Displaying Image Sprite in Pseudo-Element ::after

Hi everyone,

Back again with another riddle to solve for my Shipping Guide page. :wave:

I designed this page divider graphic:
pagedividers

I would like the top 2 designs in that graphic file to be displayed directly after the Table of Contents (one for full size width and one for narrows). The other two bar designs that I’m fond of will be used later in the document as sprites. My first assumption to target the styles to use the .introwrap ol::after as a pseudo-element, but I am firstly unclear if an ordered list element is suitable for the ::after target. :thinking:

The following code for simply displaying the entire graphic isn’t even working:

.introwrap ol::after { /* first page divider graphic */
	background:url("../images/pagedividers.png") no-repeat;
}

line 101, shippingguide.css

Then, once the image is properly targeted and displaying (either using the ordered list or a div or other suitable element), it’s time to determine the property to make the image a sprite. background-position or the clip property are my two guesses.

Thanks for any suggestions in advance.

-ty :smashy:

Hi etidd.
Anytime you use a pseudo ::before or ::after element it must be accompanied by the content property, even if it is empty.

Then for hooking a background image to it you would give it a block display and a height that matches your image height.

.introwrap ol::after { /* first page divider graphic */
  content:"";
  display:block;
  height:160px; /*adjust as needed*/
  background:url("../images/pagedividers.png") no-repeat;
}

That should get the image to display, then you can set your background positions for the sprite.

1 Like

Hey, what’s up, Ray? :wave:

By “hooking”, I’m assuming you mean only displaying a certain slice of the image.

Your code works brilliantly, and I really just leveled up on a bit of knowledge.
I had to adjust the HTML to give the <ol> an ID because the styles were applied duplicate times:

<ol id="divider">

I just changed the height to 171px, and it looks great! :clapper:
However, I will now need to center this pseudo-element. It’s off to the left. Is it time for margin:0 auto; ?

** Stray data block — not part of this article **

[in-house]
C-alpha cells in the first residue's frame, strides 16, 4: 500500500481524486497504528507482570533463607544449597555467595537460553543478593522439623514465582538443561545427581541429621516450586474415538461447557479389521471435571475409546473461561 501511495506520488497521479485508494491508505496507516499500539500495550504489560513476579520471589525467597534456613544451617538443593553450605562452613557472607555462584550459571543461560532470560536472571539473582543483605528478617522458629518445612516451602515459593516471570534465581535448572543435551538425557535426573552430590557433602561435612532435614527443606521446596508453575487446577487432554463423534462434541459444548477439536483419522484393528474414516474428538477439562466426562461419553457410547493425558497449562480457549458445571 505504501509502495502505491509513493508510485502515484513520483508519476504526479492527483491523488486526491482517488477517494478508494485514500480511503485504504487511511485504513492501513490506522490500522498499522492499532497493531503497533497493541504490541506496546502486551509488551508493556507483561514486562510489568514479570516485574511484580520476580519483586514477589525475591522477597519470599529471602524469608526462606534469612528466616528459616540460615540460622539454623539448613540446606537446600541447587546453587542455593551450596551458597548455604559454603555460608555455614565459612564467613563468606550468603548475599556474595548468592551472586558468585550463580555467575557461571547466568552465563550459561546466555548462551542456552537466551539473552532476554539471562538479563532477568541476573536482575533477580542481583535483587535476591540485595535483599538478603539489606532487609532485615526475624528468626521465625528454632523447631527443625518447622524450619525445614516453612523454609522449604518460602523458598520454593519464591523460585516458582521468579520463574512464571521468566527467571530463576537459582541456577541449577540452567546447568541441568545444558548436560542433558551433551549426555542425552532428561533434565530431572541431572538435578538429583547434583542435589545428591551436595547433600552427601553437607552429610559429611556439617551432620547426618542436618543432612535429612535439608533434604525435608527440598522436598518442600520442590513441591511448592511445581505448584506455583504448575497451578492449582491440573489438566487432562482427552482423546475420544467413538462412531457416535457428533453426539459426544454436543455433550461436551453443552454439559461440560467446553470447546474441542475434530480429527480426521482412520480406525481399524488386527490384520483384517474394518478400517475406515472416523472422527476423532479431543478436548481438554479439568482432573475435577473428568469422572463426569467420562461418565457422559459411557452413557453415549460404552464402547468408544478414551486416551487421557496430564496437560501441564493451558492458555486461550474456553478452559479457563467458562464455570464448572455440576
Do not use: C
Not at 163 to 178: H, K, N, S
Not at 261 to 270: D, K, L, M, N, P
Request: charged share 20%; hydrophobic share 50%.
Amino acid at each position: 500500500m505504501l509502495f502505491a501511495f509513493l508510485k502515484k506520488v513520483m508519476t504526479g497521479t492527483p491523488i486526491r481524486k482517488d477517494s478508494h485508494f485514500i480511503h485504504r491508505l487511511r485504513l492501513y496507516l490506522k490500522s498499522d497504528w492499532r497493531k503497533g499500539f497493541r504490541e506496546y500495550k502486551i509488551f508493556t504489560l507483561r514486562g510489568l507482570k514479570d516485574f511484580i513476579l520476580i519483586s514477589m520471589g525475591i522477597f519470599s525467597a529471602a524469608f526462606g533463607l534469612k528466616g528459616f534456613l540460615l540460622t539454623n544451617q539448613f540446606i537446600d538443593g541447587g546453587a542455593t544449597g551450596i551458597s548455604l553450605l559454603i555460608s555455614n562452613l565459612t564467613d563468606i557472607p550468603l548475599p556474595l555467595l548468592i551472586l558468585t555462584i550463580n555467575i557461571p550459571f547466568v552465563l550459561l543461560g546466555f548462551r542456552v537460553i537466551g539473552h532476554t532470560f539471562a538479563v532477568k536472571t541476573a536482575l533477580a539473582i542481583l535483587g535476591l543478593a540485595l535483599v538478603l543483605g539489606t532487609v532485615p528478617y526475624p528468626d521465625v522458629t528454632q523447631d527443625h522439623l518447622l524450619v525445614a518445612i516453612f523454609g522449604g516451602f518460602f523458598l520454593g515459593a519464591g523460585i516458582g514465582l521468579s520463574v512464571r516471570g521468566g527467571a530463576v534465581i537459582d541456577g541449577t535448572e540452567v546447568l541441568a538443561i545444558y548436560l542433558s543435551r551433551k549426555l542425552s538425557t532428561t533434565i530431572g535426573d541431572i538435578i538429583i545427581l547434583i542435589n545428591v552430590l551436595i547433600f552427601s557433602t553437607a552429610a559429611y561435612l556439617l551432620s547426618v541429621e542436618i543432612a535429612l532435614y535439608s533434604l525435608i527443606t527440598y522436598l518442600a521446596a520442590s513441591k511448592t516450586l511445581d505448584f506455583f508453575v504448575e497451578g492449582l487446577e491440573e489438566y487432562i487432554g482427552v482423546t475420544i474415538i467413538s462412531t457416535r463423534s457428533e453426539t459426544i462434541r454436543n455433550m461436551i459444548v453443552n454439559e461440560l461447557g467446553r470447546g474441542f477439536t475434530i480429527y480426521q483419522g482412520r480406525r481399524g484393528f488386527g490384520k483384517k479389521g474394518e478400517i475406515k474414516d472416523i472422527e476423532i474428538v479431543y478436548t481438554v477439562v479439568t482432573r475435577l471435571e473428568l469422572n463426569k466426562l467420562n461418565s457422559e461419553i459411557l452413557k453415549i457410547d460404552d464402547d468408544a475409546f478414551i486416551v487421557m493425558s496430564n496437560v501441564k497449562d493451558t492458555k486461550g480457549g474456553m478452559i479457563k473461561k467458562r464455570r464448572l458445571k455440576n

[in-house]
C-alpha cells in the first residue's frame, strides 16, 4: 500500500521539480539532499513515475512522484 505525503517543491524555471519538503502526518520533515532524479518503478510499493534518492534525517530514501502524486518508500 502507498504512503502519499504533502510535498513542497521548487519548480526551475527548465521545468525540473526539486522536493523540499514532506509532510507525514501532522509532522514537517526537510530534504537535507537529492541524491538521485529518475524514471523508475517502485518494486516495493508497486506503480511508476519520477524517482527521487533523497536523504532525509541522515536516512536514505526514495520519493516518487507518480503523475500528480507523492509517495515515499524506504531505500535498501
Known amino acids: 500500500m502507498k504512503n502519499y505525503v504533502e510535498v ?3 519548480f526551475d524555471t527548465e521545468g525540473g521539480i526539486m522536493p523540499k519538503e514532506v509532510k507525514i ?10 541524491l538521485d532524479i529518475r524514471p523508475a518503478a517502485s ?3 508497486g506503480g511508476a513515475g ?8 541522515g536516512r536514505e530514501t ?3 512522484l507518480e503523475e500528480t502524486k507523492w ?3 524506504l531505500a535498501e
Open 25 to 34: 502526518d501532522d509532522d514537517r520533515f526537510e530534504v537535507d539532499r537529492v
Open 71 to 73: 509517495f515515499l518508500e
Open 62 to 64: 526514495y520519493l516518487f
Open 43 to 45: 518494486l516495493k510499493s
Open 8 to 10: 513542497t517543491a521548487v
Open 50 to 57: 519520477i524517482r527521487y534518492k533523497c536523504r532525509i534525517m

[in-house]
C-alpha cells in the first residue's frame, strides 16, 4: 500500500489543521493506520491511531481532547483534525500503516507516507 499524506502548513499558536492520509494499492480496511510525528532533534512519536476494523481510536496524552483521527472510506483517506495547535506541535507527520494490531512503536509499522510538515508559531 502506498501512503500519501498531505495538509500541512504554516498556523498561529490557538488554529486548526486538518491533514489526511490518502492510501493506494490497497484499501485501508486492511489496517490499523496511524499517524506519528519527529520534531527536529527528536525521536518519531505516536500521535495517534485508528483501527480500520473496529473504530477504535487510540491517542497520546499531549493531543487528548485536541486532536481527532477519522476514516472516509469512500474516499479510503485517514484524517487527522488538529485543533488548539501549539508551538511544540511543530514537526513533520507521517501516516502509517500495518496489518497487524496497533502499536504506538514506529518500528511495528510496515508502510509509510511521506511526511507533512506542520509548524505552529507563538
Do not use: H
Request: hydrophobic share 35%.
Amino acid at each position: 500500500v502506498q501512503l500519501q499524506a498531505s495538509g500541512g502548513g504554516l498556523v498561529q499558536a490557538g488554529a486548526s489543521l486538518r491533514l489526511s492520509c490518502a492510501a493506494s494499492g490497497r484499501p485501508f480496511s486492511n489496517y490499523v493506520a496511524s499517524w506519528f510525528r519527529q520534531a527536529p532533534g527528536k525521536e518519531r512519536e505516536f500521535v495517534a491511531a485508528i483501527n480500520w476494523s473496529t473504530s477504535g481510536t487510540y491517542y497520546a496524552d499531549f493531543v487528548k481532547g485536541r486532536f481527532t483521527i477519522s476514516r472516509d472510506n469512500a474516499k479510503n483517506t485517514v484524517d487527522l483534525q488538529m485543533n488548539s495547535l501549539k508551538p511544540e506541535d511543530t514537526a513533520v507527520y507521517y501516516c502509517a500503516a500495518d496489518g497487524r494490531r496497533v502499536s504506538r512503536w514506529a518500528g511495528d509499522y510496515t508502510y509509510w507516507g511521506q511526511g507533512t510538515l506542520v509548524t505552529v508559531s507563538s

Then, all I need is a media query with the background-position and height set to the next “hook”. :fishing_pole_and_fish:
I can do that!

Is it possible to make the images stretch using this method (make the wide graphic version stretch to 120% at wide widths)?

Well, margin:0 auto, vertical-align:center, text-align:center, zeroing margins and padding does not move the pseudo-element into the center of the page. It’s aligned to the left.

…and this is me when I can’t center elements after about 5 years of learning to code CSS:
:banghead: :smashy: :ghost:

IMHO, in this case you could be better off using the “introwrap” rather than the list to hold the pseudo element.

Browsers are configured to try fix typos and common code errors but even then might be confused by a non item element as an item sibling, in the html it would be considered an error.

The auto margins needs a width to center a block, as default the block width is auto i.e filling available space. :slight_smile:

2 Likes

I should have already known this.

I should have known this, too.

All fixed. :clipboard:

.introwrap::after { /* first page divider graphic */
	content:"";
	background:url("../images/pagedividers.png") no-repeat;
	display:block;
	height:171px;
	width:680px;
	margin:0 auto;
}

With this structure and use of the ::after target, is it possible to make the dividers stretch and expand just a bit? My guess is no because there is already a definitive width and height using pixels.

Depending of what you want there are different options to try. :slight_smile:

Some info about background properties at Mozilla Dev:

Yes that’s what I meant. That’s how sprites work, showing a slice of the image in the fixed height container using background position.
Looks like you got that figured out now.

You could have also centered the background image within the full width block. That way you would not have to change widths on a media query. I guess that’s what I was trying to convey in my first post.

.introwrap::after {
    content: "";
    background: url("../images/pagedividers.png") no-repeat center 0px;
    display: block;
    height: 171px;

Then on mobile devices you can scale the image down with background-size in your media query.

Then replace the 0px shown above to show another slice of the image, and possibly change the height as well.

2 Likes

Okay. So, I’ve been playing around for a bit and have revised my goals. :goal_net:
background-size does make the image behave in the way I am envisioning (although it needs adjustments to the height as you mentioned).

The wide version of the graphic looks fine without any expanding. I have a very wide monitor, and the blank space on the left and right is acceptable to me. There isn’t any real advantage gained by making the large sprite shrink and expand. :expressionless:

However, the slim version does need to expand. So far, my code reads as follows in the media queries:

@media screen and (max-width:915px) {
	.introwrap::after {
		background-position:center -171px;
		height:101px;
	}
}

It does transition at the right time, but it’s not long before that graphic overflows the container:
overflow
So, for the second hook, the image definitely needs to fluidly shrink and expand.

…and when I add the background-size to the mix, the display issues become complex as the graphic shifts vertically. It’s hard to explain, but you can see the behavior on the page.
cag

background-size:cover;